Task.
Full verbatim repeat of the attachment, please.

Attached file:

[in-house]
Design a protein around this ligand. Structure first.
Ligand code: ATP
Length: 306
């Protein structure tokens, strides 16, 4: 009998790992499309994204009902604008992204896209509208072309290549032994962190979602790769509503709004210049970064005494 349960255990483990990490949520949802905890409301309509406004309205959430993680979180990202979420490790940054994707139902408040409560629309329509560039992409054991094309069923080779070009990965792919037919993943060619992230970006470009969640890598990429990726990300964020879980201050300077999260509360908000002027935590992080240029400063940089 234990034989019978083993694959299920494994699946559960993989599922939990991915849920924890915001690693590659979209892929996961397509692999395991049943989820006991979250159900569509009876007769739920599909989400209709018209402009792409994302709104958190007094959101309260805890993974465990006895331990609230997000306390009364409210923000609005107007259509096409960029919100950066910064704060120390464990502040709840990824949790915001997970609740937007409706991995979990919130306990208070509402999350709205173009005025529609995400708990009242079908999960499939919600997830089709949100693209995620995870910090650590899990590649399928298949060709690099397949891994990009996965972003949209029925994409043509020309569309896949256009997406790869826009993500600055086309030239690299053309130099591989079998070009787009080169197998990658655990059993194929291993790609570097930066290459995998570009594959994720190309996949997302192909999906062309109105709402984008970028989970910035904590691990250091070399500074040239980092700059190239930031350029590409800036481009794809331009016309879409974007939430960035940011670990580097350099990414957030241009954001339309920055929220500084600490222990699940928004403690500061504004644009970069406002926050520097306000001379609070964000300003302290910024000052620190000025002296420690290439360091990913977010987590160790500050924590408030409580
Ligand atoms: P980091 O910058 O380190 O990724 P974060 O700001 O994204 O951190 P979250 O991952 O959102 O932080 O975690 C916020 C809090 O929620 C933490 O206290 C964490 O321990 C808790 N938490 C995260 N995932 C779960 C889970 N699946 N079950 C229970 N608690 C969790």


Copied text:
[in-house]
Design a protein around this ligand. Structure first.
Ligand code: ATP
Length: 306
């Protein structure tokens, strides 16, 4: 009998790992499309994204009902604008992204896209509208072309290549032994962190979602790769509503709004210049970064005494 349960255990483990990490949520949802905890409301309509406004309205959430993680979180990202979420490790940054994707139902408040409560629309329509560039992409054991094309069923080779070009990965792919037919993943060619992230970006470009969640890598990429990726990300964020879980201050300077999260509360908000002027935590992080240029400063940089 234990034989019978083993694959299920494994699946559960993989599922939990991915849920924890915001690693590659979209892929996961397509692999395991049943989820006991979250159900569509009876007769739920599909989400209709018209402009792409994302709104958190007094959101309260805890993974465990006895331990609230997000306390009364409210923000609005107007259509096409960029919100950066910064704060120390464990502040709840990824949790915001997970609740937007409706991995979990919130306990208070509402999350709205173009005025529609995400708990009242079908999960499939919600997830089709949100693209995620995870910090650590899990590649399928298949060709690099397949891994990009996965972003949209029925994409043509020309569309896949256009997406790869826009993500600055086309030239690299053309130099591989079998070009787009080169197998990658655990059993194929291993790609570097930066290459995998570009594959994720190309996949997302192909999906062309109105709402984008970028989970910035904590691990250091070399500074040239980092700059190239930031350029590409800036481009794809331009016309879409974007939430960035940011670990580097350099990414957030241009954001339309920055929220500084600490222990699940928004403690500061504004644009970069406002926050520097306000001379609070964000300003302290910024000052620190000025002296420690290439360091990913977010987590160790500050924590408030409580
Ligand atoms: P980091 O910058 O380190 O990724 P974060 O700001 O994204 O951190 P979250 O991952 O959102 O932080 O975690 C916020 C809090 O929620 C933490 O206290 C964490 O321990 C808790 N938490 C995260 N995932 C779960 C889970 N699946 N079950 C229970 N608690 C969790």